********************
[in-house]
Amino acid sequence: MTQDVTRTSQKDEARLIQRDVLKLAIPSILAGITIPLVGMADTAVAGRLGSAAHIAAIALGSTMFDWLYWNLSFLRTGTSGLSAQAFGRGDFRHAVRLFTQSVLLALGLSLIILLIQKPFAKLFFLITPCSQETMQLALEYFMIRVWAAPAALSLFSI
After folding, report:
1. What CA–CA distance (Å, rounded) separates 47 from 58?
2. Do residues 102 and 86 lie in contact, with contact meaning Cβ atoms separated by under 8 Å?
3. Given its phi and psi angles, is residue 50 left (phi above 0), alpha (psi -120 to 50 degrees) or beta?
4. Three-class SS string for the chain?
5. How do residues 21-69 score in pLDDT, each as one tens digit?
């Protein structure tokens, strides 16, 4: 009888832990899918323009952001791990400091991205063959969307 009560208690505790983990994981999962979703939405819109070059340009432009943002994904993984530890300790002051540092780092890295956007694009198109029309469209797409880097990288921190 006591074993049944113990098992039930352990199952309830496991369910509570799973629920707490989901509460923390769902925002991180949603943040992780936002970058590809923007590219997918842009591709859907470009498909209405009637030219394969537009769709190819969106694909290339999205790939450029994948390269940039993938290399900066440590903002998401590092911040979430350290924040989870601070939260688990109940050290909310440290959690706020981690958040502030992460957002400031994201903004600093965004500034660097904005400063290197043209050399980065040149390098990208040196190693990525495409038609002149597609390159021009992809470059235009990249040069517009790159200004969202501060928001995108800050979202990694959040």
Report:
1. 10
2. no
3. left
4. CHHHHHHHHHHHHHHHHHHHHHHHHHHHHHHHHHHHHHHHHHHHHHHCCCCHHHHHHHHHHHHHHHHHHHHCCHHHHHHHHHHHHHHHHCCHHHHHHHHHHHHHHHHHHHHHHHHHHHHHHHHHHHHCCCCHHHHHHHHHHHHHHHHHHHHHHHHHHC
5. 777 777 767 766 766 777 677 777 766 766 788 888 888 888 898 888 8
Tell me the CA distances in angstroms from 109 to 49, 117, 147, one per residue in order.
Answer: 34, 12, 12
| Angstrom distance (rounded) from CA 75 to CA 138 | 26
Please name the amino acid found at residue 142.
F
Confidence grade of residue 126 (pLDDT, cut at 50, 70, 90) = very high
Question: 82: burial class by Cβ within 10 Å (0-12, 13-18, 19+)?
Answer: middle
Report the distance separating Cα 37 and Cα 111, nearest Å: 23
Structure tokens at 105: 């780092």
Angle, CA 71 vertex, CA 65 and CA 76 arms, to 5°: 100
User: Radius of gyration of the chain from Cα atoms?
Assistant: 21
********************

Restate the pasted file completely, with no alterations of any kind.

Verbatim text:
[in-house]
Amino acid sequence: MTQDVTRTSQKDEARLIQRDVLKLAIPSILAGITIPLVGMADTAVAGRLGSAAHIAAIALGSTMFDWLYWNLSFLRTGTSGLSAQAFGRGDFRHAVRLFTQSVLLALGLSLIILLIQKPFAKLFFLITPCSQETMQLALEYFMIRVWAAPAALSLFSI
After folding, report:
1. What CA–CA distance (Å, rounded) separates 47 from 58?
2. Do residues 102 and 86 lie in contact, with contact meaning Cβ atoms separated by under 8 Å?
3. Given its phi and psi angles, is residue 50 left (phi above 0), alpha (psi -120 to 50 degrees) or beta?
4. Three-class SS string for the chain?
5. How do residues 21-69 score in pLDDT, each as one tens digit?
């Protein structure tokens, strides 16, 4: 009888832990899918323009952001791990400091991205063959969307 009560208690505790983990994981999962979703939405819109070059340009432009943002994904993984530890300790002051540092780092890295956007694009198109029309469209797409880097990288921190 006591074993049944113990098992039930352990199952309830496991369910509570799973629920707490989901509460923390769902925002991180949603943040992780936002970058590809923007590219997918842009591709859907470009498909209405009637030219394969537009769709190819969106694909290339999205790939450029994948390269940039993938290399900066440590903002998401590092911040979430350290924040989870601070939260688990109940050290909310440290959690706020981690958040502030992460957002400031994201903004600093965004500034660097904005400063290197043209050399980065040149390098990208040196190693990525495409038609002149597609390159021009992809470059235009990249040069517009790159200004969202501060928001995108800050979202990694959040």
Report:
1. 10
2. no
3. left
4. CHHHHHHHHHHHHHHHHHHHHHHHHHHHHHHHHHHHHHHHHHHHHHHCCCCHHHHHHHHHHHHHHHHHHHHCCHHHHHHHHHHHHHHHHCCHHHHHHHHHHHHHHHHHHHHHHHHHHHHHHHHHHHHCCCCHHHHHHHHHHHHHHHHHHHHHHHHHHC
5. 777 777 767 766 766 777 677 777 766 766 788 888 888 888 898 888 8
Tell me the CA distances in angstroms from 109 to 49, 117, 147, one per residue in order.
Answer: 34, 12, 12
| Angstrom distance (rounded) from CA 75 to CA 138 | 26
Please name the amino acid found at residue 142.
F
Confidence grade of residue 126 (pLDDT, cut at 50, 70, 90) = very high
Question: 82: burial class by Cβ within 10 Å (0-12, 13-18, 19+)?
Answer: middle
Report the distance separating Cα 37 and Cα 111, nearest Å: 23
Structure tokens at 105: 């780092």
Angle, CA 71 vertex, CA 65 and CA 76 arms, to 5°: 100
User: Radius of gyration of the chain from Cα atoms?
Assistant: 21